I spent July 2013 in Berlin, checking out the city and wondering what it’d be like to live there full time. So, in addition to checking out the line policies at Berghain (they seem totally random), I also checked out some coworking spaces. Like NYC, Berlin has a very clear coworking culture and it’s certainly a bit different. In some ways, more civilized than the workaholic mindset that so many New Yorkers have.
Here’s a list of Berlin features:
Hours are more sane. The work-life balance in Berlin is quite even, especially in summer when the sun is only down for 4-5 hours a night. It’s more common for people to role between 9-10am and to really stop working for the day between 5 and 6. Some people leave then, and others stay and get a beer from the cafe. This is of course a bit different for those in private offices for startups. But from what I could tell, everyone was following German laws around how many hours could be worked a week (in an office at least, but again this is a casual observation so who knows?)
Cafes are common. All of the coworking spaces I saw had cafes for buying coffee, Club Mate (the standard coffee alternative that is oddly addicting), lunch options (typically just one or two a day, changing each day), and beer for after hours. Some spaces like Betahaus and St. Oberholtz have cafe only spaces that you can go to instead of paying a day rate in the main space.
Service is German. Which means that there are specific processes to follow and that you’ve got to be a bit more patient with whoever is providing said service. People may speak with you a bit more direct than they would in the States. And they’ve be VERY thorough about it. But this is true of well, anything in Germany.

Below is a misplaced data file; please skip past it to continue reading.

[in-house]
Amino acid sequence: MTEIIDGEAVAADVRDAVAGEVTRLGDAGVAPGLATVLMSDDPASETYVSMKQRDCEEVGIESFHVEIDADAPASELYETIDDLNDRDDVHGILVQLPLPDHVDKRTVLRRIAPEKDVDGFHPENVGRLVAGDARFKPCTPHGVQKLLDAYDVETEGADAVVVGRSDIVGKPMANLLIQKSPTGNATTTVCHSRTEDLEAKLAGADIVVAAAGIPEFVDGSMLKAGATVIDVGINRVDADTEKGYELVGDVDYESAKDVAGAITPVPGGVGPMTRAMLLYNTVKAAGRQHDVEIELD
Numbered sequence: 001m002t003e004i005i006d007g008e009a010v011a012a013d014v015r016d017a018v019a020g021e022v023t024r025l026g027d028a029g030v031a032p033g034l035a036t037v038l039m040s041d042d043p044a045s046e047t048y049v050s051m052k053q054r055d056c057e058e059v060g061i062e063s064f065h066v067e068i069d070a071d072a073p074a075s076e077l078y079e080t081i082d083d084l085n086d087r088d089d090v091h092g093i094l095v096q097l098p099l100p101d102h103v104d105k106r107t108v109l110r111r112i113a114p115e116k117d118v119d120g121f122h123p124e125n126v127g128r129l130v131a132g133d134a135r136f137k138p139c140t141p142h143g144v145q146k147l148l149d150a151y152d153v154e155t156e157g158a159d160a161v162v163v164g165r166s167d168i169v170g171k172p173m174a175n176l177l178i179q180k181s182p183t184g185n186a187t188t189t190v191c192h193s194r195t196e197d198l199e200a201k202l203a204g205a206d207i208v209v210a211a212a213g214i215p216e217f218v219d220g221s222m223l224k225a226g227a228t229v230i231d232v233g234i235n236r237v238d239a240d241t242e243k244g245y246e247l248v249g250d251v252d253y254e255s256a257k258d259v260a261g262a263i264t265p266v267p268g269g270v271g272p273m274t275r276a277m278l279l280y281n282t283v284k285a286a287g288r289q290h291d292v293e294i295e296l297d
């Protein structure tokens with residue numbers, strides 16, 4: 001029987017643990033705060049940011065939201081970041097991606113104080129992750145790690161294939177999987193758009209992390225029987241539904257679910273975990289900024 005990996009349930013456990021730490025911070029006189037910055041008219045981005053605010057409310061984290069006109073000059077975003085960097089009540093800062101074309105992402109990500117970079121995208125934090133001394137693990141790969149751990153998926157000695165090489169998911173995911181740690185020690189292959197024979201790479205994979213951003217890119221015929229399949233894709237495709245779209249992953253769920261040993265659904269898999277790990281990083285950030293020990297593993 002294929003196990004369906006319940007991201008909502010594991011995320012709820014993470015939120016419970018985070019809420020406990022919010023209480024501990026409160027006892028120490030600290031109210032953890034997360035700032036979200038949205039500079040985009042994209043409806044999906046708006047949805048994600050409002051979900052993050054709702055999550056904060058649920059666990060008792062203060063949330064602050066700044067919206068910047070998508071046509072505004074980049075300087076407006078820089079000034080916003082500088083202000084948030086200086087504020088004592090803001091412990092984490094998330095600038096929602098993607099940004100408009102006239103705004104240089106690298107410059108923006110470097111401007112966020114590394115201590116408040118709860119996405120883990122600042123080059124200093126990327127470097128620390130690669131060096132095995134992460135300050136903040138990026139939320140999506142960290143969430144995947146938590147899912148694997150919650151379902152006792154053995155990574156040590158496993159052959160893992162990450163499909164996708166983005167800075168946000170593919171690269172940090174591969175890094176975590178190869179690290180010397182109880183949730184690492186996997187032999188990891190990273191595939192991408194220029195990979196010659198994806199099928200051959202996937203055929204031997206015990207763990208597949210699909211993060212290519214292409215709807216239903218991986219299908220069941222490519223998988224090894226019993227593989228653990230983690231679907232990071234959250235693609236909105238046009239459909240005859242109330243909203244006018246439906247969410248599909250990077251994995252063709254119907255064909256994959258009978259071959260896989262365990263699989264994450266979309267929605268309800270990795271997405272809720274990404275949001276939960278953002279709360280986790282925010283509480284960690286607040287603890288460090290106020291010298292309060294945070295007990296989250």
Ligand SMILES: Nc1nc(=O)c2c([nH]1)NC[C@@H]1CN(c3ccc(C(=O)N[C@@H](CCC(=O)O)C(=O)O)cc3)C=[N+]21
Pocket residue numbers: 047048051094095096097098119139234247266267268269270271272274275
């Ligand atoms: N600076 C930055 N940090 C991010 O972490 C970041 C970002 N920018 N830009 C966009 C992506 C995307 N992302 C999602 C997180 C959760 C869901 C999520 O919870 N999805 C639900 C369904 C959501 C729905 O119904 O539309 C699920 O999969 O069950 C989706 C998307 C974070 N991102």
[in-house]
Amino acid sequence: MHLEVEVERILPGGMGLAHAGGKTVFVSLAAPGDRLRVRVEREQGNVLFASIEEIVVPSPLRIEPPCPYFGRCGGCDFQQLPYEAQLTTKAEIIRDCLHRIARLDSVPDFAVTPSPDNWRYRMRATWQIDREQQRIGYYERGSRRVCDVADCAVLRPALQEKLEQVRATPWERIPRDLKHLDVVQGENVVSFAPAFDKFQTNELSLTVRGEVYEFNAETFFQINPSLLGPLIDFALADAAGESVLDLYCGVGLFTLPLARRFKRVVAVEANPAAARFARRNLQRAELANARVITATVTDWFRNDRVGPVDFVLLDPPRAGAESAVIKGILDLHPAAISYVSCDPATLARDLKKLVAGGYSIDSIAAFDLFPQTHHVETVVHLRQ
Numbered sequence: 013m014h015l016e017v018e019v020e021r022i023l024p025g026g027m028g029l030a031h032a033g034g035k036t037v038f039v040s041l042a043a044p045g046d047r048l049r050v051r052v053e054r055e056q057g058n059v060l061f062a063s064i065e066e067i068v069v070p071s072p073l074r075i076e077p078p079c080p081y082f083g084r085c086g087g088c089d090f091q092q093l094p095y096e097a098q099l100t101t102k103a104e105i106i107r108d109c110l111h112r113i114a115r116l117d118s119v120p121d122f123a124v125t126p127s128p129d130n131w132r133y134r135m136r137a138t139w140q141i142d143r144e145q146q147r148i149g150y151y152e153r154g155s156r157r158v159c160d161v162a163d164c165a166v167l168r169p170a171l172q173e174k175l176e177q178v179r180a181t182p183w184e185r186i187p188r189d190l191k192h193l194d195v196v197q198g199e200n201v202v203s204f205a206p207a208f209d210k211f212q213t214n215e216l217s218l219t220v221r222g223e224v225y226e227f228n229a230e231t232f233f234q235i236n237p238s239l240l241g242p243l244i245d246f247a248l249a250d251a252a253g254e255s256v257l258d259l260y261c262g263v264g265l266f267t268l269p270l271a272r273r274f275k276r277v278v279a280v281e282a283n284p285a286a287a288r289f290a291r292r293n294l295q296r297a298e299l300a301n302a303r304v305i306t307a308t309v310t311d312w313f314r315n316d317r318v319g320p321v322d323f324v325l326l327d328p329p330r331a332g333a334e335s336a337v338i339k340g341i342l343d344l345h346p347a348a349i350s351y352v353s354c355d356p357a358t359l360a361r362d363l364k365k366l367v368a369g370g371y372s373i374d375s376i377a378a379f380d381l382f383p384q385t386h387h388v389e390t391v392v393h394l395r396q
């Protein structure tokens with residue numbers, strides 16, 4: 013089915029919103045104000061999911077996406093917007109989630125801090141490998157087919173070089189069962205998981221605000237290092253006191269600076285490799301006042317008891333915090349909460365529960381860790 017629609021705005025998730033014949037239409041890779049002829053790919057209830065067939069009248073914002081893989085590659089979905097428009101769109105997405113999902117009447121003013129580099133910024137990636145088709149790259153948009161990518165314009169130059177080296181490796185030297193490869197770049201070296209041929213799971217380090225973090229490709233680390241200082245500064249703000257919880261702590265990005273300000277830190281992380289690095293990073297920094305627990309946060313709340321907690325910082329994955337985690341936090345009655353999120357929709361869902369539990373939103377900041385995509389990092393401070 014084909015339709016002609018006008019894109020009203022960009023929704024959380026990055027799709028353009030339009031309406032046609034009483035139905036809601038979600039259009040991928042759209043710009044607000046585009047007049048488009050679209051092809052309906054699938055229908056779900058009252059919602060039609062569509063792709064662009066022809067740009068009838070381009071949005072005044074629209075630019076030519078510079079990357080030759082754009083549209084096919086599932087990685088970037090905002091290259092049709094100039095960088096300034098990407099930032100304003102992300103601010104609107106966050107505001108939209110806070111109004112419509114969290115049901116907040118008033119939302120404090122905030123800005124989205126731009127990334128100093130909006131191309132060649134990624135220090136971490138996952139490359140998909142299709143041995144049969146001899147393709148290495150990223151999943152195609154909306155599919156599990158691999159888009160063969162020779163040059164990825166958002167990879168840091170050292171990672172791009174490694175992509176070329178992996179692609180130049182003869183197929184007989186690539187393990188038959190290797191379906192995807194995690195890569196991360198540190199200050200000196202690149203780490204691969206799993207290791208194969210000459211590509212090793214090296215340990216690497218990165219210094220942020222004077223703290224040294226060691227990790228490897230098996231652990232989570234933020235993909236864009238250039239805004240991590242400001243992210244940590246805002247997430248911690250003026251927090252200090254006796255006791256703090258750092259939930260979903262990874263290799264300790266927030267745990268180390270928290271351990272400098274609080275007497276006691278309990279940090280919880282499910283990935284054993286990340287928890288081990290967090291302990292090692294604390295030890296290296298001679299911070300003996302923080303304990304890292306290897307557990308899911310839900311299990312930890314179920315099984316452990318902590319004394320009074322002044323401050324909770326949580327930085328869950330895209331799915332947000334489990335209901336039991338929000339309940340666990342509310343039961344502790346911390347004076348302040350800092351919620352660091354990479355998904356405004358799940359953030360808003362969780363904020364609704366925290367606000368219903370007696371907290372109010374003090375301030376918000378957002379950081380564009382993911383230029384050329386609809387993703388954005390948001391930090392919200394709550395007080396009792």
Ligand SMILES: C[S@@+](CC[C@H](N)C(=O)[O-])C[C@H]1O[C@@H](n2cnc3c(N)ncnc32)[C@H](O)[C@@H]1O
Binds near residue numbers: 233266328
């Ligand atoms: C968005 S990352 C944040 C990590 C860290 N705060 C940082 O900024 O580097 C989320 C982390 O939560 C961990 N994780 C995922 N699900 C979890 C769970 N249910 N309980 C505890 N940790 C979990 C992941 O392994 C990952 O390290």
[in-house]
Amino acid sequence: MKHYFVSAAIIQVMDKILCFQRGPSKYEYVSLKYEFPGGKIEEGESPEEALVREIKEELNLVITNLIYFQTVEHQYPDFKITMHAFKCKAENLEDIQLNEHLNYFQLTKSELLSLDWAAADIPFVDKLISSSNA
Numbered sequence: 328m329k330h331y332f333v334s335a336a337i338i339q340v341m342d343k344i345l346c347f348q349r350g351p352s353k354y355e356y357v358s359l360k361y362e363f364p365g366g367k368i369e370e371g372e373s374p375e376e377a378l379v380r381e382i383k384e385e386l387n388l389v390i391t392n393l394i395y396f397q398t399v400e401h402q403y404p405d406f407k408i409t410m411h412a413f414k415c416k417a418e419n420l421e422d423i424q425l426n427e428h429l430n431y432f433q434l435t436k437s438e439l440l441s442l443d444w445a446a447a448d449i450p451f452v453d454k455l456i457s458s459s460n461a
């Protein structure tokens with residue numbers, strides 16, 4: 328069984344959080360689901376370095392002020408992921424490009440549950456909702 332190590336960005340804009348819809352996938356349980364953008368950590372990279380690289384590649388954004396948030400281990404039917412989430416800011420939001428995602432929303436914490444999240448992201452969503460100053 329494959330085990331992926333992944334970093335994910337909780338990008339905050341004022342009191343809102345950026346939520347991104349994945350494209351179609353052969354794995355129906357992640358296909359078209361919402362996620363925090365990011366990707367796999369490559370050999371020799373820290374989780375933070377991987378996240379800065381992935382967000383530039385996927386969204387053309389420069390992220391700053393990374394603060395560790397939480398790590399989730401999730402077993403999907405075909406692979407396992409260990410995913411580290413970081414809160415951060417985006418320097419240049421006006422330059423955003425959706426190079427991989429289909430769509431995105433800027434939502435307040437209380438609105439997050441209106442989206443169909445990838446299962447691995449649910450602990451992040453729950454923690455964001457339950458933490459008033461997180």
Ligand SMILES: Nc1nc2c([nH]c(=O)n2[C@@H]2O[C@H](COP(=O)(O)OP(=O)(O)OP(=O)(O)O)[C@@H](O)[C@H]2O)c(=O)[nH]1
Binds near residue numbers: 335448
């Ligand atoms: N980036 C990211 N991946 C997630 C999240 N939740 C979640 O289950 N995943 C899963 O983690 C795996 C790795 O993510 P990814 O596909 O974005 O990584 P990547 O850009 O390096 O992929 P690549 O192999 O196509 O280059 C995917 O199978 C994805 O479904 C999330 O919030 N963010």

Eye for detail. Every space I went to was very well designed. But why wouldn’t it be? Everything else in Berlin has a clear design sense as well. This is different than some of the US spaces, which are more varied when it comes to design.
Community is important. Some spaces even encourage members to join a weekly group dinner to meet other members.
Spaces have a variety of workspaces available. Some may just have different types of seating areas if you’re just eating, having a meeting, or need silence. Others have a wide variety of conference spaces, conversation spaces or workshops with 3D printing or woodworking materials.
Spaces are all over. In NYC, the better coworking tends to be in Manhattan or one of the Brooklyn neighborhoods with more offices (not that there aren’t some really cute and nice neighboorhood coworking spaces, but they’re not really focused on bringing in the dough). That’s not the case in Berlin. There are major coworking spaces in all of the big neighborhoods, and each one reflects the neighborhood that they are in (edgier in the East, more traditional in the West, posher in more expensive neighborhoods, edgiest in the edgiest neighborhoods). So, if there’s a specific industry you want to work with or neighborhood you want to spend all your time in, your coworking space can really help support those goals.
In conclusion, I found the coworking culture in Berlin vibrant yet homey. And I really really wise I could bring their cafes back to NYC. Adding a layer of food culture would really make our spaces homier.